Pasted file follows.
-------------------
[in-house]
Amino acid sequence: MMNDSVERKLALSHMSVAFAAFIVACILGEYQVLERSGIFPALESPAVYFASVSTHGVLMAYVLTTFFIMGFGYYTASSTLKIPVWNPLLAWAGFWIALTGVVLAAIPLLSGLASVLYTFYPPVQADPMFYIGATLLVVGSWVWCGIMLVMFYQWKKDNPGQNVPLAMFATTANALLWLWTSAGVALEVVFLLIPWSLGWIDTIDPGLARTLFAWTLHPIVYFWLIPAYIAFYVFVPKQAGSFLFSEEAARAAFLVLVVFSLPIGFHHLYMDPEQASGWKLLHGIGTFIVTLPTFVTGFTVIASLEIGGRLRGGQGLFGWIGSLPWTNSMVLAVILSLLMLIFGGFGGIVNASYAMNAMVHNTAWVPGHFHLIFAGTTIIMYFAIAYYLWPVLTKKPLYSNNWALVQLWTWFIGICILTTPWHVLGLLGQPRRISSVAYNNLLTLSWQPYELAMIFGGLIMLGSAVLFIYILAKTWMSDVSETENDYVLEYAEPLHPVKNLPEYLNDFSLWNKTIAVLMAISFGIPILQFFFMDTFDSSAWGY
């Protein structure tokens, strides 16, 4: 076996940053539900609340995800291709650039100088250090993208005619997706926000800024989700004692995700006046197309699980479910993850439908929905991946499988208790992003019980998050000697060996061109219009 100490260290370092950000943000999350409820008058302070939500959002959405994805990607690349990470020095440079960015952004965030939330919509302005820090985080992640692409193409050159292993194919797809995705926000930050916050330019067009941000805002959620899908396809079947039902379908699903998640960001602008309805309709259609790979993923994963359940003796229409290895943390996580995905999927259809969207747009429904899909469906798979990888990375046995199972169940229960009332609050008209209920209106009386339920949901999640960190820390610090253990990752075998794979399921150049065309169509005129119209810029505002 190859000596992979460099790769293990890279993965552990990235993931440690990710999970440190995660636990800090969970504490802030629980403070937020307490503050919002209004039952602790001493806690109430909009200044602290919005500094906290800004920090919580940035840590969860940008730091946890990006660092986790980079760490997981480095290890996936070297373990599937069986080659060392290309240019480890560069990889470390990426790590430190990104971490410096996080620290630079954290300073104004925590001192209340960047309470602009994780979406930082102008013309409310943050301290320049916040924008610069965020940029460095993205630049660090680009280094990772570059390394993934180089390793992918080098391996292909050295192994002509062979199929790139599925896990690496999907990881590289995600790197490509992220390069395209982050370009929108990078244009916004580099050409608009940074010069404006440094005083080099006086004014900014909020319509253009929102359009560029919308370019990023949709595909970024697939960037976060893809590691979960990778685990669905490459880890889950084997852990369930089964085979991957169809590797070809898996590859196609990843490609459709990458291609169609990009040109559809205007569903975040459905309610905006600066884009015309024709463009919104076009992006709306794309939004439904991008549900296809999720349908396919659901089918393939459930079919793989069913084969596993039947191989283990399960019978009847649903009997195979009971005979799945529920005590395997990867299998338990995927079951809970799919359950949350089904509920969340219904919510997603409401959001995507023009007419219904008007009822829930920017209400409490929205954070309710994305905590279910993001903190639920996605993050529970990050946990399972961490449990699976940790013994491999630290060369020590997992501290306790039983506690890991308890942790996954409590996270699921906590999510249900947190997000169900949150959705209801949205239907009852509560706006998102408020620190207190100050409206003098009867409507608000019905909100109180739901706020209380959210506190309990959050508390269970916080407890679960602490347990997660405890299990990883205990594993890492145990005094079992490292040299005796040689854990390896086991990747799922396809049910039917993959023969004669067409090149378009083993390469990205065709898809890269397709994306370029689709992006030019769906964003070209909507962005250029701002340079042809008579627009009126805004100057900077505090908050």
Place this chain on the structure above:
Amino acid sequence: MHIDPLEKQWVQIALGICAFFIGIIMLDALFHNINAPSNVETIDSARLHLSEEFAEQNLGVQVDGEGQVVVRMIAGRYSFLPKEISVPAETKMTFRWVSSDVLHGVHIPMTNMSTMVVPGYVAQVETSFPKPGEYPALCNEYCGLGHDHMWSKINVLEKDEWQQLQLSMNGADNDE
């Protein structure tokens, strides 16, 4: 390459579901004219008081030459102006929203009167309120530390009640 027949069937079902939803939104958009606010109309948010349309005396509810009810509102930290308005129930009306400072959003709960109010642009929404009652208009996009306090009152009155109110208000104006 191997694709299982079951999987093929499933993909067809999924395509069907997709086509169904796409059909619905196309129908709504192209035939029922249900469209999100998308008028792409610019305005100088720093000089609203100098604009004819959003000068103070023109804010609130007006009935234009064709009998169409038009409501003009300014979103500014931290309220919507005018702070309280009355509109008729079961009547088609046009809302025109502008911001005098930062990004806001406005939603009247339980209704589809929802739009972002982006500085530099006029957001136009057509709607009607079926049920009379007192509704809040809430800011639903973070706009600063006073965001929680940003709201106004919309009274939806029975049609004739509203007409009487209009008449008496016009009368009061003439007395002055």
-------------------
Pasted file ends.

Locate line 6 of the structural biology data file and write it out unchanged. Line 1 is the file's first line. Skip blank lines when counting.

């Protein structure tokens, strides 16, 4: 390459579901004219008081030459102006929203009167309120530390009640 027949069937079902939803939104958009606010109309948010349309005396509810009810509102930290308005129930009306400072959003709960109010642009929404009652208009996009306090009152009155109110208000104006 191997694709299982079951999987093929499933993909067809999924395509069907997709086509169904796409059909619905196309129908709504192209035939029922249900469209999100998308008028792409610019305005100088720093000089609203100098604009004819959003000068103070023109804010609130007006009935234009064709009998169409038009409501003009300014979103500014931290309220919507005018702070309280009355509109008729079961009547088609046009809302025109502008911001005098930062990004806001406005939603009247339980209704589809929802739009972002982006500085530099006029957001136009057509709607009607079926049920009379007192509704809040809430800011639903973070706009600063006073965001929680940003709201106004919309009274939806029975049609004739509203007409009487209009008449008496016009009368009061003439007395002055």